Faith and the Faithful in the Republican Party
The place of faith and the role of the faithful in U.S. politics are often misunderstood and neglected, generate confusion and conflict, and are changing and challenging both religious communities, political leaders, and parties.
This was the second of three discussions on “Faith and the Faithful in U.S. Politics” and focused on the role of religious voters and communities within the Republican Party. It offered an analysis of the religious dimensions of the Republican Party, its coalitions and agenda, and the impact President Trump on evangelical, Catholic, and other religious communities within the GOP.
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John Carr, the director of the Initiative Catholic Social Thought and Public Life, moderated this roundtable. This Dialogue featured leaders with contrasting views on the impact of President Trump and the future of the GOP. Questions included:
- Does the GOP have a “religion problem?”
- How are religious communities impacting the Republican Party?
- How is President Trump impacting the religious dimensions
of U.S. politics and Republican relationships with religious voters?
- How do (or don’t) evangelicals, Catholics, Latinos, African Americans, and other voters find a home in the GOP?
- How can religious convictions on human life and dignity, a priority for the poor, and protection for religious freedom be advanced in the Republican Party, and in a pluralistic and increasingly secular society?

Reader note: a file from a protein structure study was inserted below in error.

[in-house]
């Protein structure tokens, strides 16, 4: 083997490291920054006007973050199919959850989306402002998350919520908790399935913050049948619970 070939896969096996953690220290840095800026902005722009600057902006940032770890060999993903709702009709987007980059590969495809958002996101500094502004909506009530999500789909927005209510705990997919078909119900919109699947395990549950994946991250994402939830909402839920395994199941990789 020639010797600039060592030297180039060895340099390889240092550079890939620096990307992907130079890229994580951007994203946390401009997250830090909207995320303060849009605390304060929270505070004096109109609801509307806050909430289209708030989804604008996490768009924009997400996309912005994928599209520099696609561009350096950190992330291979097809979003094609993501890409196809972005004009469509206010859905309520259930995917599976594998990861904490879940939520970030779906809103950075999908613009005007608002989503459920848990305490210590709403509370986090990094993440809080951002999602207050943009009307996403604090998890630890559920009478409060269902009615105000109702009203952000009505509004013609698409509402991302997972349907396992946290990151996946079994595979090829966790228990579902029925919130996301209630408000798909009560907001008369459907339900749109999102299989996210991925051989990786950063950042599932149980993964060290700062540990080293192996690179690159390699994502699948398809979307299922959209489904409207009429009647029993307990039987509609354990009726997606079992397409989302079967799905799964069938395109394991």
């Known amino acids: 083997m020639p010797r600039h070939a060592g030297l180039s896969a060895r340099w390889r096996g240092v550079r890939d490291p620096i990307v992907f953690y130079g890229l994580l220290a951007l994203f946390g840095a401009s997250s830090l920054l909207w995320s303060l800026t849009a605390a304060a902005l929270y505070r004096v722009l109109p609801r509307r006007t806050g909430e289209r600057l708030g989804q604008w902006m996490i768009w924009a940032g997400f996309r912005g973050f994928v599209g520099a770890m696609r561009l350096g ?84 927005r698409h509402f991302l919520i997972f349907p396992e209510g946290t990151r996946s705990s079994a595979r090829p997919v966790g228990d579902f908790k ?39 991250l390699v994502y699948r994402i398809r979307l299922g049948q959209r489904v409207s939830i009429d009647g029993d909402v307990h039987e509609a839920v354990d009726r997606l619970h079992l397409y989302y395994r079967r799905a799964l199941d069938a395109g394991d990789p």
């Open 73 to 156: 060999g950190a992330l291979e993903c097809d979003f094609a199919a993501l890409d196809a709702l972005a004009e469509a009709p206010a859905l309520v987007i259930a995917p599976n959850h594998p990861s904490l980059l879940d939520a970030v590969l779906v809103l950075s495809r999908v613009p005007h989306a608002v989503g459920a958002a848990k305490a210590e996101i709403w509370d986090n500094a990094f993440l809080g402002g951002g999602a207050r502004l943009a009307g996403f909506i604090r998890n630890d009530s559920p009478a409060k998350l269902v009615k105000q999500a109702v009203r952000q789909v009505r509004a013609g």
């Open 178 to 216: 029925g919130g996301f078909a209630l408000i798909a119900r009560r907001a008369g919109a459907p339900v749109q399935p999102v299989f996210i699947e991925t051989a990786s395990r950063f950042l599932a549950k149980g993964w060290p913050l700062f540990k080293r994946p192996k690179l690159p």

- Does religious faith contribute to polarization, or can faith help overcome divisions, turning cynicism and anger into hope and the pursuit of the common good?
This series was co-sponsored by the Institute of Politics and Public Service at Georgetown and the Initiative on Catholic Social Thought and Public Life and was supported by the Democracy Fund.
Emily Ekins is a research fellow and director of polling at the Cato Institute. Her work covers the Tea Party movement, moral values, and public policy; she has also conducted research on public opinion, American politics, political psychology, and social movements.
Michael Gerson is a Washington Post columnist and host of the new public affairs show In Principle on PBS. He was a speechwriter for President George W. Bush. He is the author of Heroic Conservatism and co-author of Religion and Politics in a New Era.
Rev. Johnnie Moore is an informal advisor to the Trump administration who is known for his multifaith work on behalf of persecuted Christians. In 2017, he was named one of the most influential evangelicals in U.S. Newsmax Magazine and one of the evangelicals that made the most impact by the Christian Post. Moore serves on the board of the National Association of Evangelicals and the Anti-Defamation League of Los Angeles.
Ramesh Ponnuru is a columnist, senior editor for National Review, and a visiting fellow at the American Enterprise Institute. He is the author of The Party of Death: The Democrats, the Media, the Courts, and the Disregard for Human Life and co-editor with Yuval Levin of Room to Grow: Conservative Reforms for a Limited Government and a Thriving Middle Class.
Julie Zauzmer is a religion reporter for the Washington Post and graduate of Harvard University. Zauzmer is a member of the Religion News Association and previously worked at the Philadelphia Inquirer.